A few weeks ago, in my digital world at least, there was a flurry of activity around the issue of online ‘student-shaming,’ specifically in response to the new Dear Student column on Vitae. The Dear Student column presents hypothetical situations involving students making unreasonable requests of professors, with a slate of profs providing satirical email responses to the situations, such as missing textbooks, late enrollment, or family emergencies the day before the final exam. Jesse Stommel, an assistant prof at U of Wisconsin-Madison, objected to this column, and in a much-shared broadside, withdrew from his new post as columnist for Vitae. The internet responded, and various scholars chimed in: Dorothy Kim, responding to comments on Stommel’s post, scrawled an epic twitter manifesto in support of Stommel about treating our students as humans and giving them the benefit of the doubt. Kelly Baker (of Vitae) storifyed a number of her twitter conversations and concludes, ultimately, that there are strong material reasons for ranting against students, but we should be pairing these rants with success stories: “instead of shaming students, we should publicly celebrate those who have inspired us,” @joshua_r_eyler writes on Twitter. Others have argued that we should rant up, not down. One rebuttal points out that Dear Student is largely satirical and gives voice to a diverse ensemble of writers and respondents, including many women of color.
I like the Vitae. They’ve reposted one of my H&E blogs, they are geared toward young scholars like me, and they seem engaged with #alt-ac and #CAF issues. Not many involved in this debate have recognized that Stacey Patton, the Vitae reporter who began the series, is herself a woman of color with a PhD in History; she does not currently hold a tenure-track job. ((She runs a website, Spare the Kids, whose stated mission is “to provide Black parents, families, and communities with a full range of alternatives to corporal punishment.” So we could say that she seems…cool?)) The attack has been leveled, strangely, at Vitae rather than engaging with Patton herself.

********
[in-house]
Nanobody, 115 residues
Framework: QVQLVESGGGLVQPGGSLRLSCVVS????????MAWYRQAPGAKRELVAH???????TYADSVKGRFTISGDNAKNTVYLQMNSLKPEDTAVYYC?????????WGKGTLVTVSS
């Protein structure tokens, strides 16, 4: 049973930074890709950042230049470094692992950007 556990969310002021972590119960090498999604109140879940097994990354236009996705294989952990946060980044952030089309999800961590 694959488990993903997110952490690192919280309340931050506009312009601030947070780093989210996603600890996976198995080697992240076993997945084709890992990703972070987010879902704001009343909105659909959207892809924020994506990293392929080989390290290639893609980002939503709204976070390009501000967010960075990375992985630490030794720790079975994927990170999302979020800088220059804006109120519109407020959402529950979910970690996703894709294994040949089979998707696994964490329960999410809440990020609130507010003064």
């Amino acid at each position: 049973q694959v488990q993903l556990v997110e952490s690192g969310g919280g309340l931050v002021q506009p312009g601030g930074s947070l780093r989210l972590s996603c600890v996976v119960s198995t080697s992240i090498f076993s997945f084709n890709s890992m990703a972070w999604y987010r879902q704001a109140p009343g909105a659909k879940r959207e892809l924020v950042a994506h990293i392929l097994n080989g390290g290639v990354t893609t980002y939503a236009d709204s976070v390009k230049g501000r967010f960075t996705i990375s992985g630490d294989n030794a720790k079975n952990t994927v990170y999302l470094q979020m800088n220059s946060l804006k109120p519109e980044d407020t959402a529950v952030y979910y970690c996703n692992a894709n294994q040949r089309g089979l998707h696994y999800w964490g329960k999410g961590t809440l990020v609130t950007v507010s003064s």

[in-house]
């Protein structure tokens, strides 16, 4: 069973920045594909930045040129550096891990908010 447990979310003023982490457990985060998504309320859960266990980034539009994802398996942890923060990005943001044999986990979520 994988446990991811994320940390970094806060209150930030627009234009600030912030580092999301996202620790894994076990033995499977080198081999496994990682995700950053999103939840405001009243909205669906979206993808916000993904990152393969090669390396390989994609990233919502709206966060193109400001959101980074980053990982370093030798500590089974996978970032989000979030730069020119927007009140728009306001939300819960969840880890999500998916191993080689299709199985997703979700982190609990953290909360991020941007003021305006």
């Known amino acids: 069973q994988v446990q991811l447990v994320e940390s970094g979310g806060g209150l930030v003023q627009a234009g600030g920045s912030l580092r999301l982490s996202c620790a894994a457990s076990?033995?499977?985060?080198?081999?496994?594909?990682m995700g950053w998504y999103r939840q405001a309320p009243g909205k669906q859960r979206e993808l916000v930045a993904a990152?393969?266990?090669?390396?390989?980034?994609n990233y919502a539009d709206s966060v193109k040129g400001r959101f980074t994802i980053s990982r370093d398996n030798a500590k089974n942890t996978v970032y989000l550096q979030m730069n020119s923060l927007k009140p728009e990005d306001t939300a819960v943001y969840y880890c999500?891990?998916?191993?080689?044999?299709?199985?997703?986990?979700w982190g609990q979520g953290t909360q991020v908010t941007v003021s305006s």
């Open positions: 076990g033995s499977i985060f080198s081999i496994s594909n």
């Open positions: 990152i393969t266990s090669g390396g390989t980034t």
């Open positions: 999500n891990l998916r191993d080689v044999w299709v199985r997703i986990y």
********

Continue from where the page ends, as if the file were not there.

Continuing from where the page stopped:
Of course, I echo others; we shouldn’t student-shame. But let’s take a moment and think about why many of us do it, even though we shouldn’t. I’d wager that many of the worst culprits are actually those who are just starting out in the profession, who are having a hard time starting out in the profession, whose working conditions are precarious, who are underpaid, who are underrecognized, who worry about their own ability to manage a classroom and occasionally project that worry onto students. Sometimes I do it because I’m constantly plagued with imposter syndrome, because I search for validation through the distinction between my students and myself, because I am comforted with the thought that I am, in fact, smarter than them, and have the authority to stand in front of the classroom. I love my students, and am known as a very caring, devoted professor. But sometimes I, too, fall prey to the temptation to scoff at a sweeping “Since the beginning of time” opening to an essay, or carp about students who feel comfortable enough to accost me about a mediocre grade the moment I hand back the papers, without even pausing to read, let alone digest, my comments. It is worth noting, though this comment may be for another post, that the hierarchy is not always clear in large, corporatized universities; when students come from rich, privileged families and educators are not granted basic working rights and benefits–is complaining about students always “ranting down”?